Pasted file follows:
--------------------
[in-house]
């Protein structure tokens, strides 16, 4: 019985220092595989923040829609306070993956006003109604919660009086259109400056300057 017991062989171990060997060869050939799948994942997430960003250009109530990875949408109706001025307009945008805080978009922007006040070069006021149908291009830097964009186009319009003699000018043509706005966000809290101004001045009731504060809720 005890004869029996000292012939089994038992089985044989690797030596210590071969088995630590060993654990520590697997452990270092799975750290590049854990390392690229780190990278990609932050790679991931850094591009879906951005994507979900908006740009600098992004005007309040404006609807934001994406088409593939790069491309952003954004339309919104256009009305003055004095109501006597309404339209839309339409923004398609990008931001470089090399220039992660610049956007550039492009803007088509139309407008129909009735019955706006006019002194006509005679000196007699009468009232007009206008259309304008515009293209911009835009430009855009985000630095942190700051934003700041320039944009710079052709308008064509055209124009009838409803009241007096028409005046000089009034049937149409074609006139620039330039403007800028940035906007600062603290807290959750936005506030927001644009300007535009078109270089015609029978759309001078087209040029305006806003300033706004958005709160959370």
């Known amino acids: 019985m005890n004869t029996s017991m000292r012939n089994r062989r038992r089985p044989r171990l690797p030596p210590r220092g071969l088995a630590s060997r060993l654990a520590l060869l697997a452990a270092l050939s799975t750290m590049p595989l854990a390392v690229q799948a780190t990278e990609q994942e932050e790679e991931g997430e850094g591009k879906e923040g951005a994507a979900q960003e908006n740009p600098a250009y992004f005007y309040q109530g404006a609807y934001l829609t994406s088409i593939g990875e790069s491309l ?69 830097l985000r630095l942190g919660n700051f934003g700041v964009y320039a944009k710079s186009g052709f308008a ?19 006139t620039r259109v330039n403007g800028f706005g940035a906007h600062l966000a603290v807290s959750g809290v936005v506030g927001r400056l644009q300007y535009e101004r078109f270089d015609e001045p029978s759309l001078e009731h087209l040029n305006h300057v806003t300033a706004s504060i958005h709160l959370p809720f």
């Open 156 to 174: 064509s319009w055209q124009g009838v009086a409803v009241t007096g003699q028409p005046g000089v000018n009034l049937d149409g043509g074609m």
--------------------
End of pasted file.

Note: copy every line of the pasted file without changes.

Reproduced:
[in-house]
């Protein structure tokens, strides 16, 4: 019985220092595989923040829609306070993956006003109604919660009086259109400056300057 017991062989171990060997060869050939799948994942997430960003250009109530990875949408109706001025307009945008805080978009922007006040070069006021149908291009830097964009186009319009003699000018043509706005966000809290101004001045009731504060809720 005890004869029996000292012939089994038992089985044989690797030596210590071969088995630590060993654990520590697997452990270092799975750290590049854990390392690229780190990278990609932050790679991931850094591009879906951005994507979900908006740009600098992004005007309040404006609807934001994406088409593939790069491309952003954004339309919104256009009305003055004095109501006597309404339209839309339409923004398609990008931001470089090399220039992660610049956007550039492009803007088509139309407008129909009735019955706006006019002194006509005679000196007699009468009232007009206008259309304008515009293209911009835009430009855009985000630095942190700051934003700041320039944009710079052709308008064509055209124009009838409803009241007096028409005046000089009034049937149409074609006139620039330039403007800028940035906007600062603290807290959750936005506030927001644009300007535009078109270089015609029978759309001078087209040029305006806003300033706004958005709160959370």
């Known amino acids: 019985m005890n004869t029996s017991m000292r012939n089994r062989r038992r089985p044989r171990l690797p030596p210590r220092g071969l088995a630590s060997r060993l654990a520590l060869l697997a452990a270092l050939s799975t750290m590049p595989l854990a390392v690229q799948a780190t990278e990609q994942e932050e790679e991931g997430e850094g591009k879906e923040g951005a994507a979900q960003e908006n740009p600098a250009y992004f005007y309040q109530g404006a609807y934001l829609t994406s088409i593939g990875e790069s491309l ?69 830097l985000r630095l942190g919660n700051f934003g700041v964009y320039a944009k710079s186009g052709f308008a ?19 006139t620039r259109v330039n403007g800028f706005g940035a906007h600062l966000a603290v807290s959750g809290v936005v506030g927001r400056l644009q300007y535009e101004r078109f270089d015609e001045p029978s759309l001078e009731h087209l040029n305006h300057v806003t300033a706004s504060i958005h709160l959370p809720f």
């Open 156 to 174: 064509s319009w055209q124009g009838v009086a409803v009241t007096g003699q028409p005046g000089v000018n009034l049937d149409g043509g074609m």